Movie review

Wondrous Oblivion
Sam Smith, Delroy Lindo,
Emily Woof, Stanley Townsend

Director : Paul Morrison

Wondrous OblivionA wide-eyed boy in a narrow minded world. So reads one of this new British film's taglines, and it is a useful but short description of a story that takes in racism, prejudice, friendship and cricket!
    It's the story of a young Jewish boy David (Sam Smith), who is mad on cricket but rubbish at it, and who desperately wants to play for his school team and gain the respect of his classmates, who regularly mock his hopeless efforts. An unlikely saviour comes in the form of new neighbour Dennis (Delroy Lindo), who takes the boy under his wing and coaches him onto success.

What seems like a simple story at first is made all the richer for what is going on around David, who exists in a state of 'wondrous oblivion' according to his teacher. David's parents, Ruth and Victor, are Jewish immigrants living in relative peace in early 1960s south east London, but when their Jewish friends and neighbours move out and a new Caribbean family moves in, life takes an expected twist. The rest of the street wanted another Jewish family to move in, and animosity soon grows towards these black 'invaders', which David and Ruth get caught up in.
    The drama unfolds as David defies his dad's request to not mix with the new arrivals, and climbs over the garden fence soon after Dennis digs up the roses and installs a cricket practice net in their place. David becomes good friends with Dennis and his daughter Judy as they train him in the fine art of the bat and ball. But tragedy is around the corner as David and Judy fall out and the neighbours plan bad things for Dennis' family.

At first glance you may see the similarities to two other recent British films in Wondrous Oblivion, and yes, it does come across like 'Bend It Like Anita And Me'. But this criticism aside, Wondrous Oblivion is a wonderful ensemble piece with the always excellent Delroy Lindo in his first British film. He took the job as he loved the script and also because he grew up in Lewisham, south east London, and identified with Dennis' character and struggles.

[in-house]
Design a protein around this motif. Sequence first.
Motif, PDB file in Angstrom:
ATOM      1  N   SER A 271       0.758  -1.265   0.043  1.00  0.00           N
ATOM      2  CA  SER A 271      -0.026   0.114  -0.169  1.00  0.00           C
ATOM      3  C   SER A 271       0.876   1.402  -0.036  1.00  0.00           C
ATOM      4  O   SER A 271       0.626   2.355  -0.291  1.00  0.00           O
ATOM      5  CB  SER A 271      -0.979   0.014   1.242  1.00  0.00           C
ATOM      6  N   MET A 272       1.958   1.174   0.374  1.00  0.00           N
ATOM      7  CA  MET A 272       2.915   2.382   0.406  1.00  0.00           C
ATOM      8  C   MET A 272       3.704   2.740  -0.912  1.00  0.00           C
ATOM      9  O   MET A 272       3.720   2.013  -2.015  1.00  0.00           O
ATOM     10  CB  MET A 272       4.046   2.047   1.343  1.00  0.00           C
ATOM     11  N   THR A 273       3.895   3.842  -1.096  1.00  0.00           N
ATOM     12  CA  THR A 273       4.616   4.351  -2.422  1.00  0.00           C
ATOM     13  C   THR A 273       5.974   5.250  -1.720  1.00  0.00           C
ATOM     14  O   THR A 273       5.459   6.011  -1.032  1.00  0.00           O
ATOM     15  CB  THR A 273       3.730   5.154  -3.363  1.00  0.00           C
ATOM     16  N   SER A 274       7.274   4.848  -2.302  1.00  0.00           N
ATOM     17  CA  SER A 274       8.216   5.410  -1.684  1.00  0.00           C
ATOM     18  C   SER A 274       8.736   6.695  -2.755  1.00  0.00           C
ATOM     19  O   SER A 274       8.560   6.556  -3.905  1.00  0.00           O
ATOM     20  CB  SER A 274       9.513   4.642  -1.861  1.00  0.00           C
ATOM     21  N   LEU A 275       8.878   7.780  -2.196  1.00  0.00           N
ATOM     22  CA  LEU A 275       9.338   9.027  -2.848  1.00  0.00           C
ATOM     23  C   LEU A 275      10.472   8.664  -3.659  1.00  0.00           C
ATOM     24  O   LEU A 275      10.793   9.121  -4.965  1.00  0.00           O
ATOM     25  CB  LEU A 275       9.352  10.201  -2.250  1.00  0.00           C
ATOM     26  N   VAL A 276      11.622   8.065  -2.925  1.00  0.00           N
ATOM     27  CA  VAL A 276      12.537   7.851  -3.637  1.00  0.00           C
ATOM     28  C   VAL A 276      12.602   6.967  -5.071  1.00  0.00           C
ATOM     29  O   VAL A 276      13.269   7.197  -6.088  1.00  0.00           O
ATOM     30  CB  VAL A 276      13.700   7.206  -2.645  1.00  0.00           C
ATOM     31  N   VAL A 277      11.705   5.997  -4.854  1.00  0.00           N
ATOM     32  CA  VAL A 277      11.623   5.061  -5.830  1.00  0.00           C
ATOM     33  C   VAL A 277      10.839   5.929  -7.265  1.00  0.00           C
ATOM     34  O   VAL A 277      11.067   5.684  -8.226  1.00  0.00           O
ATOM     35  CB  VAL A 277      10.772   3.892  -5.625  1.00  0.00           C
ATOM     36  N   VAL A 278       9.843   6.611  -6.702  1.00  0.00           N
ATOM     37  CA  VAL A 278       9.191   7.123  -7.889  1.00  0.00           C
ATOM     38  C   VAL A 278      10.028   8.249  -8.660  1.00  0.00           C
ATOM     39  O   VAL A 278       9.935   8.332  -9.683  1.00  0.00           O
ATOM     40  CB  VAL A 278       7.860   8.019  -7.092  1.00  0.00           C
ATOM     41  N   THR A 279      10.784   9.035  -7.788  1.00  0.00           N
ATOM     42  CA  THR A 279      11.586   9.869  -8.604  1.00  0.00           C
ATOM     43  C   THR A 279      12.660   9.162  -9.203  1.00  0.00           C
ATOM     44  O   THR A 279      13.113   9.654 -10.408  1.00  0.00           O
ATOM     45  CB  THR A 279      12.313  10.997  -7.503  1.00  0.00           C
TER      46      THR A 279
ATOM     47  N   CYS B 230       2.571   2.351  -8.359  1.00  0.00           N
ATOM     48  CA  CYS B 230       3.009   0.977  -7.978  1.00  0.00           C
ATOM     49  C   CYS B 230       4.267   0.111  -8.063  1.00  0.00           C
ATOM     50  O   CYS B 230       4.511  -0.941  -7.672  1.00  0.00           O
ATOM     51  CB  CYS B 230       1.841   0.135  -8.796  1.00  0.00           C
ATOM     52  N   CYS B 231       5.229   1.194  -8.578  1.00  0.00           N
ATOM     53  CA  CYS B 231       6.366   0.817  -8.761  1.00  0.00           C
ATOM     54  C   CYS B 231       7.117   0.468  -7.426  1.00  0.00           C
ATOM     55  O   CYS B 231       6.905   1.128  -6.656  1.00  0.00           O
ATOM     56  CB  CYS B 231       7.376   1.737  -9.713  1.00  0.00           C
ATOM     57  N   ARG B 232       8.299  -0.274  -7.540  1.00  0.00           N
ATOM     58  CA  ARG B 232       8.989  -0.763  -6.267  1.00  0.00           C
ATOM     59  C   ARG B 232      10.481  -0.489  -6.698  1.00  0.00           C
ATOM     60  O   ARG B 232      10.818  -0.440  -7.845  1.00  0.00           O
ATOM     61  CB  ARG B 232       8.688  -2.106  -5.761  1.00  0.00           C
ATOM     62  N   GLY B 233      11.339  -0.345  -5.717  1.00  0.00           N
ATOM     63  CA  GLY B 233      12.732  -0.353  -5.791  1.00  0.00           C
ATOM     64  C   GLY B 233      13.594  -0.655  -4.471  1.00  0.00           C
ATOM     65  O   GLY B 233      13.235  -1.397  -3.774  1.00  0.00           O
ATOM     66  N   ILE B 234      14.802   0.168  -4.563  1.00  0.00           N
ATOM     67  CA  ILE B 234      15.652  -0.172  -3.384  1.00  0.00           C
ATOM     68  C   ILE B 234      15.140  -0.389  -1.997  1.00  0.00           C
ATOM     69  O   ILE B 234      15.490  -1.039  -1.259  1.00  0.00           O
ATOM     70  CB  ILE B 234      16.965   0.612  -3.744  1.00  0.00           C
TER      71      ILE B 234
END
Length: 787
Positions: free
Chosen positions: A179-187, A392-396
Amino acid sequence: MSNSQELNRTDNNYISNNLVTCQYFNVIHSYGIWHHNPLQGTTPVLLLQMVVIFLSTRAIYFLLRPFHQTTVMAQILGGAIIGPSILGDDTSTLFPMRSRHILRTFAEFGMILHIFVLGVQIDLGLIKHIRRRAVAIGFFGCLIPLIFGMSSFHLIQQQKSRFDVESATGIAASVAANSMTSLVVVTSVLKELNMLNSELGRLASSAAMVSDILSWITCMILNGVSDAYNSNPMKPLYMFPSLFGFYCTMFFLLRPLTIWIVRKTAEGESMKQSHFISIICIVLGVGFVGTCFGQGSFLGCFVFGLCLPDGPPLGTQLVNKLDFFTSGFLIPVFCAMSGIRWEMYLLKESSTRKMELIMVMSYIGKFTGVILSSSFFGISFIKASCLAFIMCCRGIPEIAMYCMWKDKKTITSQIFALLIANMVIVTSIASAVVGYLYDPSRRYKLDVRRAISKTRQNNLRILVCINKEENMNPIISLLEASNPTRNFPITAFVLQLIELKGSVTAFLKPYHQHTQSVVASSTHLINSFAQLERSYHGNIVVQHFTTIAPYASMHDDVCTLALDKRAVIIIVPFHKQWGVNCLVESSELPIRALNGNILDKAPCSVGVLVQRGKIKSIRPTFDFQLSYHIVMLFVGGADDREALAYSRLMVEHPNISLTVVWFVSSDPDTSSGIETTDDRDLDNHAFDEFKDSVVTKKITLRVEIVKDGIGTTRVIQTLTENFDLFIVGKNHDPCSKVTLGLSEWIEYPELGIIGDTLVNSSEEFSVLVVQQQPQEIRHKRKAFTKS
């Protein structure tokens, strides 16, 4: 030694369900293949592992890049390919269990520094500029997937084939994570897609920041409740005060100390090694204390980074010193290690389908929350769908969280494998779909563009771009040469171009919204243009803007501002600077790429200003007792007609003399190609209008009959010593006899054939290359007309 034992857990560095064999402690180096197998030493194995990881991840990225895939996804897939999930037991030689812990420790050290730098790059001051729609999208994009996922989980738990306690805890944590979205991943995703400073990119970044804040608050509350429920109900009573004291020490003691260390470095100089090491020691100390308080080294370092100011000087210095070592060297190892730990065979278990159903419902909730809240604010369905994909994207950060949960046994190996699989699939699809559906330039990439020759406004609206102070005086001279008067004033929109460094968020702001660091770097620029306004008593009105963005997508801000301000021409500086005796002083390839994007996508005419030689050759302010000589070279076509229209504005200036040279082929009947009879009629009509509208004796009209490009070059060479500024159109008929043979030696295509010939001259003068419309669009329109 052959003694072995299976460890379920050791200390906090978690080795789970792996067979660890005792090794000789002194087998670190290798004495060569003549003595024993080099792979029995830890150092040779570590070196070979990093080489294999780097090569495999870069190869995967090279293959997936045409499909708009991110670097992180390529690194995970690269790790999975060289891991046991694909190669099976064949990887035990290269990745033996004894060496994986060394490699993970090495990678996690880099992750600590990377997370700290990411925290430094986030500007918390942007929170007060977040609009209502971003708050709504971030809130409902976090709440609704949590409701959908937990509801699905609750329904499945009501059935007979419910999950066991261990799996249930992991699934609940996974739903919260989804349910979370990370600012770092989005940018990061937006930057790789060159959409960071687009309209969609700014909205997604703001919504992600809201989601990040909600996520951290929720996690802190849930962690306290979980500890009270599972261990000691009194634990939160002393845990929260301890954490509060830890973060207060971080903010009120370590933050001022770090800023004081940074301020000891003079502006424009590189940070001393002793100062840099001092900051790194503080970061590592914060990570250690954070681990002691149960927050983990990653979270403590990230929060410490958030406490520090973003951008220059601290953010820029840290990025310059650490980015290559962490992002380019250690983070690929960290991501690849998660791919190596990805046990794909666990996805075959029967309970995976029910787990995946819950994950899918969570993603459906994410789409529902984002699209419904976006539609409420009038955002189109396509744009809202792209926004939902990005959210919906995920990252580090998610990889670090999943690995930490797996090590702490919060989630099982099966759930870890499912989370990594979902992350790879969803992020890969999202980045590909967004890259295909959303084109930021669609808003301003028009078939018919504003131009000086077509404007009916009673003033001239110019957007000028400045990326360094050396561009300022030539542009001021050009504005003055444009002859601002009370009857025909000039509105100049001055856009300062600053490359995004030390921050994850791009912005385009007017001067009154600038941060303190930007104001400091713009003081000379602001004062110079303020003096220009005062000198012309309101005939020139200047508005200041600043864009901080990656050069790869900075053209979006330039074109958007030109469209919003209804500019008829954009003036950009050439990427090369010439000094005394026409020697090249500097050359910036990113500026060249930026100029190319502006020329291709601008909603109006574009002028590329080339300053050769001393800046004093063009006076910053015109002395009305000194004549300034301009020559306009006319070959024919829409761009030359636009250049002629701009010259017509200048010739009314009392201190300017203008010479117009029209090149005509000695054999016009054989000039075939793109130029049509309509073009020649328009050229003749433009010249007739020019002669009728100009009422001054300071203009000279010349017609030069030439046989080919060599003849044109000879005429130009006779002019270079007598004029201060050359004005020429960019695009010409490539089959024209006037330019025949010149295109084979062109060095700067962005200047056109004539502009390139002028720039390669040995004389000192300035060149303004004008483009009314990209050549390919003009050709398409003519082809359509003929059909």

Sam Smith as David is also a real find, managing to remain childlike enough to charm us but stopping short of the precociousness that makes us want to clobber many child actors (you know who they are).
    Emily Woof as David's mum Ruth and Leonie Elliott as Dennis' daughter Judy both breathe life into their characters, and the supporting cast as a whole is outstanding.

The set pieces are impressive: David and Judy practicing cricket in Dennis' net all speeded up to music, Ruth and David dancing to dancehall reggae at Dennis' Caribbean club, and the attack on Dennis' family are all things that hook the audience and keep them interested in this charming, funny and intelligent story.
    It's a little twee towards the end, but overall Wondrous Oblivion is a great British film that is not from the makers of Four Weddings And A Funeral or The Full Monty. For that we should be thankful and support it all the more.Howzaat!

:: Mark Cappuccio

Go to top of page
Latest articles

Alone in the dark: Buffy The Vampire Slayer bows out in style with the Season Seven DVD Collection.

Johnny Knoxville plays him in the movie Grand Theft Parsons, but counterculture speaks to the man himself: Phil Kaufman interviewed.